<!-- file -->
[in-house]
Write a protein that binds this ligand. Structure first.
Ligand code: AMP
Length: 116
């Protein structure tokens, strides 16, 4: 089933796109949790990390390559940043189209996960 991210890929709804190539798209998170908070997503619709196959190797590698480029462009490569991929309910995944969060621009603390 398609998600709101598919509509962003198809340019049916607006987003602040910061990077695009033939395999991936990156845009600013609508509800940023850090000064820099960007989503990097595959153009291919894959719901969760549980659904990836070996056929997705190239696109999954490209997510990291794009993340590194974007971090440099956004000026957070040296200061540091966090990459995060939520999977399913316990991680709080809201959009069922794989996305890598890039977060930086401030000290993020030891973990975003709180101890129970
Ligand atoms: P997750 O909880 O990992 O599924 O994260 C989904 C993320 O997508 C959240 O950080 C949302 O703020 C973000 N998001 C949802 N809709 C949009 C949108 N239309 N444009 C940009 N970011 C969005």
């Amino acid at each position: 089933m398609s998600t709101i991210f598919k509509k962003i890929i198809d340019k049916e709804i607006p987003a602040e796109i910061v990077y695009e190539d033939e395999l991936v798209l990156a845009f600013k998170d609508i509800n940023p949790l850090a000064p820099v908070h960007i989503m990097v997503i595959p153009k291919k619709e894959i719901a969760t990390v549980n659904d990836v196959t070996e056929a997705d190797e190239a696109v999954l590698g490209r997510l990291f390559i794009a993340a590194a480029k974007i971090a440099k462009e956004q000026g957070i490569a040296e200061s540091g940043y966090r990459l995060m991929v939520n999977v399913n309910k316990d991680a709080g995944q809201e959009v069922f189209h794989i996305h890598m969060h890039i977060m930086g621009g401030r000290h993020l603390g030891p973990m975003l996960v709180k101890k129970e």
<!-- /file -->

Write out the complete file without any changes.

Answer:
[in-house]
Write a protein that binds this ligand. Structure first.
Ligand code: AMP
Length: 116
């Protein structure tokens, strides 16, 4: 089933796109949790990390390559940043189209996960 991210890929709804190539798209998170908070997503619709196959190797590698480029462009490569991929309910995944969060621009603390 398609998600709101598919509509962003198809340019049916607006987003602040910061990077695009033939395999991936990156845009600013609508509800940023850090000064820099960007989503990097595959153009291919894959719901969760549980659904990836070996056929997705190239696109999954490209997510990291794009993340590194974007971090440099956004000026957070040296200061540091966090990459995060939520999977399913316990991680709080809201959009069922794989996305890598890039977060930086401030000290993020030891973990975003709180101890129970
Ligand atoms: P997750 O909880 O990992 O599924 O994260 C989904 C993320 O997508 C959240 O950080 C949302 O703020 C973000 N998001 C949802 N809709 C949009 C949108 N239309 N444009 C940009 N970011 C969005």
């Amino acid at each position: 089933m398609s998600t709101i991210f598919k509509k962003i890929i198809d340019k049916e709804i607006p987003a602040e796109i910061v990077y695009e190539d033939e395999l991936v798209l990156a845009f600013k998170d609508i509800n940023p949790l850090a000064p820099v908070h960007i989503m990097v997503i595959p153009k291919k619709e894959i719901a969760t990390v549980n659904d990836v196959t070996e056929a997705d190797e190239a696109v999954l590698g490209r997510l990291f390559i794009a993340a590194a480029k974007i971090a440099k462009e956004q000026g957070i490569a040296e200061s540091g940043y966090r990459l995060m991929v939520n999977v399913n309910k316990d991680a709080g995944q809201e959009v069922f189209h794989i996305h890598m969060h890039i977060m930086g621009g401030r000290h993020l603390g030891p973990m975003l996960v709180k101890k129970e």